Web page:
• Pentecost was the summer harvest feast of the Jews, with the particular distinction that its great day was on the eighth day, which was a special Sabbath.  The eighth day, of course, is the day of the resurrection, which we call Sunday.  As such, the gift of the Holy Spirit is directly linked with the resurrection of Jesus.  As the Pentecostal church, we enjoy resurrection life through the power of the Spirit.  Paul tells us of the fruit of the Spirit, which is the character renovation the Spirit intends to do in each of our lives, granting us the blessings of "love, joy, peace, patience, kindness, goodness, faithfulness, gentleness, and self-control (Gal. 5:22-23).  Whereas Israel broke God's covenant through unfaithfulness, we are sealed with the Spirit to receive all the blessings covenanted to us in Christ (cf. Eph. 1:13-14; Heb. 8:9-10).

 

Christians have so many things to celebrate as we look back on Christ's Pentecost gift of the Spirit.  We now have direct access to God through Christ, in a way that previously was known only to Israel's prophets, priests and kings.  We have divine power within us, not for spectacular works but for the simple life of godly faith.  We are empowered by Jesus to witness his gospel to the world.  United in the Spirit, we are called to enjoy a spiritual unity with one another in love.  And we have power to triumph over sin and evil, living holy lives in the resurrection power of our Lord.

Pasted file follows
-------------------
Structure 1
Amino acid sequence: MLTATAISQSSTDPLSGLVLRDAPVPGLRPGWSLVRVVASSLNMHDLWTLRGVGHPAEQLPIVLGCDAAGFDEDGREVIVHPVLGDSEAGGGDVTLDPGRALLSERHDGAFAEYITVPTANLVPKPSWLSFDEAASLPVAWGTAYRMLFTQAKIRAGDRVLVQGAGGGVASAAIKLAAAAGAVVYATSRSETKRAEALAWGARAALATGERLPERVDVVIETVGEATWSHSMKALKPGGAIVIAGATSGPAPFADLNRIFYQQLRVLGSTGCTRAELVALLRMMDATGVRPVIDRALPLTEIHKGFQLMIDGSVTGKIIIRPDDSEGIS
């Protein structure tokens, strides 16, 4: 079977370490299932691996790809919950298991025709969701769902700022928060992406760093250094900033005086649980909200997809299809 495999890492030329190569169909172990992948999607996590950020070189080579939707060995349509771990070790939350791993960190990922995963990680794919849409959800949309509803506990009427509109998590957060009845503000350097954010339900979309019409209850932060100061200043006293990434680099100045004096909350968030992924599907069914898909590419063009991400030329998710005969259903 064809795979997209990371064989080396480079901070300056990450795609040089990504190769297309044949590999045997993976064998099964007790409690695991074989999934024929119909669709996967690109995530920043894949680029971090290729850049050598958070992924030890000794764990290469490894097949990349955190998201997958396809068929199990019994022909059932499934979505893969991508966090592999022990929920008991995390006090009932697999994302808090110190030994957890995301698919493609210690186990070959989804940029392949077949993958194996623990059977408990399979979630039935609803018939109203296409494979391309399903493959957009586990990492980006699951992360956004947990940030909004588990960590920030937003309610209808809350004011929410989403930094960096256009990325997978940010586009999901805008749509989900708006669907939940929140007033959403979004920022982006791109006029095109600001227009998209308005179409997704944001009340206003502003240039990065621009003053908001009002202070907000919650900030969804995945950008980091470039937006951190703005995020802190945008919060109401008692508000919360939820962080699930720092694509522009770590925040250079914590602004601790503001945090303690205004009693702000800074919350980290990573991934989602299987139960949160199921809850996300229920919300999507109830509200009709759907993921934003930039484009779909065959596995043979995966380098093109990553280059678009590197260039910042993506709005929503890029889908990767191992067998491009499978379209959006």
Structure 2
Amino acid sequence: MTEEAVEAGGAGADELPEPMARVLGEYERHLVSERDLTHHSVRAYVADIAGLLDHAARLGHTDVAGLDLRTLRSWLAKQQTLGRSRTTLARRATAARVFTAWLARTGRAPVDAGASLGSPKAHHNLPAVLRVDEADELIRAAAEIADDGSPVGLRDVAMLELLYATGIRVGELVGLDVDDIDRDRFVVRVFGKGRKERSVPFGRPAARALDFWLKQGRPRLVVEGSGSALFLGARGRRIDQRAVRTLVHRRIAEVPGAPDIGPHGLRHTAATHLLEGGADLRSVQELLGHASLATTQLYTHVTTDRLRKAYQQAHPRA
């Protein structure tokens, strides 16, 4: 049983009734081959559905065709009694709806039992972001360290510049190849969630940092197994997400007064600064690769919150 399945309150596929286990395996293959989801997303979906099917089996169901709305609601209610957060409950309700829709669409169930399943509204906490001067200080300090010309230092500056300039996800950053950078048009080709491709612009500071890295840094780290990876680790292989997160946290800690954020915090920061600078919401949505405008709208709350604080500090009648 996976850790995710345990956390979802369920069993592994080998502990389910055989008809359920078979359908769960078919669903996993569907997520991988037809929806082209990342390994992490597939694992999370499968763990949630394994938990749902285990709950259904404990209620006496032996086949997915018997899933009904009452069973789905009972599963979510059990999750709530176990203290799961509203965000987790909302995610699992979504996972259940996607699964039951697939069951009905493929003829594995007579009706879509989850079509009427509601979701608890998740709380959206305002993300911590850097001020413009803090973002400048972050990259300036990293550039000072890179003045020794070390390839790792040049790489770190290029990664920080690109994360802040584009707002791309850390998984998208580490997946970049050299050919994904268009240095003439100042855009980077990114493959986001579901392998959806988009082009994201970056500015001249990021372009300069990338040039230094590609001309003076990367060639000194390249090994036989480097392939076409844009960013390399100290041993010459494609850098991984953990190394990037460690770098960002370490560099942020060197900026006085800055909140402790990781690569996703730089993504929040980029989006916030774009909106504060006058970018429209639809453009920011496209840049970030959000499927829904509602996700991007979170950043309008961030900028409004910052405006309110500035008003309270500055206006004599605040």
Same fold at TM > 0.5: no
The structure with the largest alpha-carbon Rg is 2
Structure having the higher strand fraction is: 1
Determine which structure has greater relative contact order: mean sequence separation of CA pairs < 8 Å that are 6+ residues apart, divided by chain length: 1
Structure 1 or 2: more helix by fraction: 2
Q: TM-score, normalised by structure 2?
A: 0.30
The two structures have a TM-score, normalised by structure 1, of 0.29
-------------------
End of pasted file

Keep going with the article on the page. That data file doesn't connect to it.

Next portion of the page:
Reflecting on all these blessings, I think we should remember Pentecost by raising our expectations.  We should expect that God can do more than all we ask or imagine in our lives (Eph. 3:20).  We should aspire to a higher degree of holiness and spiritual joy, since God's own Spirit lives in us through faith in Christ.  And we should devote ourselves more fully to Christ and his glorious kingdom, knowing that we have His power for the work of the gospel in our generation.  For all of this we give thanks today to our Lord Jesus, who "redeemed us from the curse of the law... so that we might receive the promised Spirit through faith" (Gal. 3:13-14).

 

In Christ's Love,

 

 

 

Pastor Rick Phillips

Posted May 6, 2008 @ 1:59 PM by Rick Phillips